PENSION REFORM DEBATE UNDERWAY

Retirees Not Impacted By Changes

APRIL 13, 2009: Legislative leaders are quickly advancing legislation that will redefine some aspects of the Massachusetts defined benefit pension plan. Know as “pension reform”, this legislative action follows several year’s worth of media expose’ that allege pension abuse by a small number of individuals “gaming” the system.

While the proposed changes do not impact the pension benefits of any current retirees, some changes may impact current public employees. The Senate passed its version (S2026) of a pension reform bill on March 31 and the House is expected to debate a similar bill (H4054) on Tuesday, April 14.

A primary goal of both the Senate and House is to eliminate certain pension benefits that apply primarily to elected official and have been a target of public scrutiny. Both bills eliminate the so-called one-year for one-day rule and termination retirement, for elected officials, while also increasing the vesting requirements from 6-10 years for this group.

The legislation would also prohibit elected or appointed officials from being members of the retirement system, if their annual compensation is less than $5,000. These provisions would prohibit most part-time local officials and appointees from receiving creditable service.

One highly controversial aspect of the pending legislation is a change to the definition of regular compensation, which could impact the future retirement benefits of active public employees. House and Senate leaders are debating which forms of employee compensation should be used in calculating retirement benefits and whether or not the new definition should be applied to current employees.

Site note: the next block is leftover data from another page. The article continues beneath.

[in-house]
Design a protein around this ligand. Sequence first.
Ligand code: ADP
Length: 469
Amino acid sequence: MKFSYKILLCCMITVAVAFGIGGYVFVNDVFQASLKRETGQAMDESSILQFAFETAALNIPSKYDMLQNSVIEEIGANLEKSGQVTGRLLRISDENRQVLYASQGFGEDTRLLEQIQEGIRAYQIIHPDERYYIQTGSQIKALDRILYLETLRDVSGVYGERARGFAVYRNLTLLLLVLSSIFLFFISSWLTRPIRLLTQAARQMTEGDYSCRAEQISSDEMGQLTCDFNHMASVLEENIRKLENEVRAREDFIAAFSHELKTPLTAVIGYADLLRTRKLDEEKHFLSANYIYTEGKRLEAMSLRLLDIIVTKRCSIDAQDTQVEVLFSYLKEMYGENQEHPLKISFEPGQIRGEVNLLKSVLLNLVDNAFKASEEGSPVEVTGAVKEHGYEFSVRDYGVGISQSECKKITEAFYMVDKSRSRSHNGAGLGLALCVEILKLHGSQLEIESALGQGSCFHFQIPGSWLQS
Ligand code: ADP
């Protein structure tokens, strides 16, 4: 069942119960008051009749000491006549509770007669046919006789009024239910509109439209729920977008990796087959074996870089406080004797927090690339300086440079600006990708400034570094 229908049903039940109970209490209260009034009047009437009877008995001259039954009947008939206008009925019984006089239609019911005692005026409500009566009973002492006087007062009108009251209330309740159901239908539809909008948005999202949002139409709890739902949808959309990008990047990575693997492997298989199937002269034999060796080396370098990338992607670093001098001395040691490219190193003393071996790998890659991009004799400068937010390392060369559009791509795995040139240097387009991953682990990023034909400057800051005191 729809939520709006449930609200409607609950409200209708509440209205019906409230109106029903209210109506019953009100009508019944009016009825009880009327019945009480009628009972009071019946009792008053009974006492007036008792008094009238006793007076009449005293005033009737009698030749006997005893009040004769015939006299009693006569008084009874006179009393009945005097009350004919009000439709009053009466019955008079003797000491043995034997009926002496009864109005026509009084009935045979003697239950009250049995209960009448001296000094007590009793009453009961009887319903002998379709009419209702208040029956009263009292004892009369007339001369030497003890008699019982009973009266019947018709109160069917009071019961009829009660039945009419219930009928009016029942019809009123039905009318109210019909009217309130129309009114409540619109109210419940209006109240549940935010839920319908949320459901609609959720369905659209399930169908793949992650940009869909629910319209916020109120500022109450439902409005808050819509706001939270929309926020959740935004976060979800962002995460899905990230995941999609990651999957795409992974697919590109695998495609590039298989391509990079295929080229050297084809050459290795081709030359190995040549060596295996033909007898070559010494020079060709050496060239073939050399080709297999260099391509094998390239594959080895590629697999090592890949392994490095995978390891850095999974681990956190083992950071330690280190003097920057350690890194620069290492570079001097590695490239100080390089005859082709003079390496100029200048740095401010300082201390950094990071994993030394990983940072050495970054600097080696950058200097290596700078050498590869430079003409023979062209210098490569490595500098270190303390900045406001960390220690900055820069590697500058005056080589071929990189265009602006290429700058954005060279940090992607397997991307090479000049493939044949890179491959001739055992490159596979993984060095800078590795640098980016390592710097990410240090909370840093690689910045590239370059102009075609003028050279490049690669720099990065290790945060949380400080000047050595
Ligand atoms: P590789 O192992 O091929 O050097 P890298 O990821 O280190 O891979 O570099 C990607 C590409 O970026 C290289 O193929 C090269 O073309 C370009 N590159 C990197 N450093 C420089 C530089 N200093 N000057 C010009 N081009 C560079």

However, it has long been held that nearly all changes in retirement benefits must be done prospectively, in order to avoid a reduction in retirement benefits. There is a long line of court opinions and decisions, which reinforce the notion that contractual rights exist under our contributory retirement law.

“Even though these reforms do not affect current retirees, it is still something that the Association is keeping a close eye on. Many retirees do have spouses or other family members who are still working,” said Association President Ralph White. “Any proposed change has the ability to indirectly impact the retirement system as whole. And as an elected member of the State Retirement Board, I have a duty to support all retirees and employees.”

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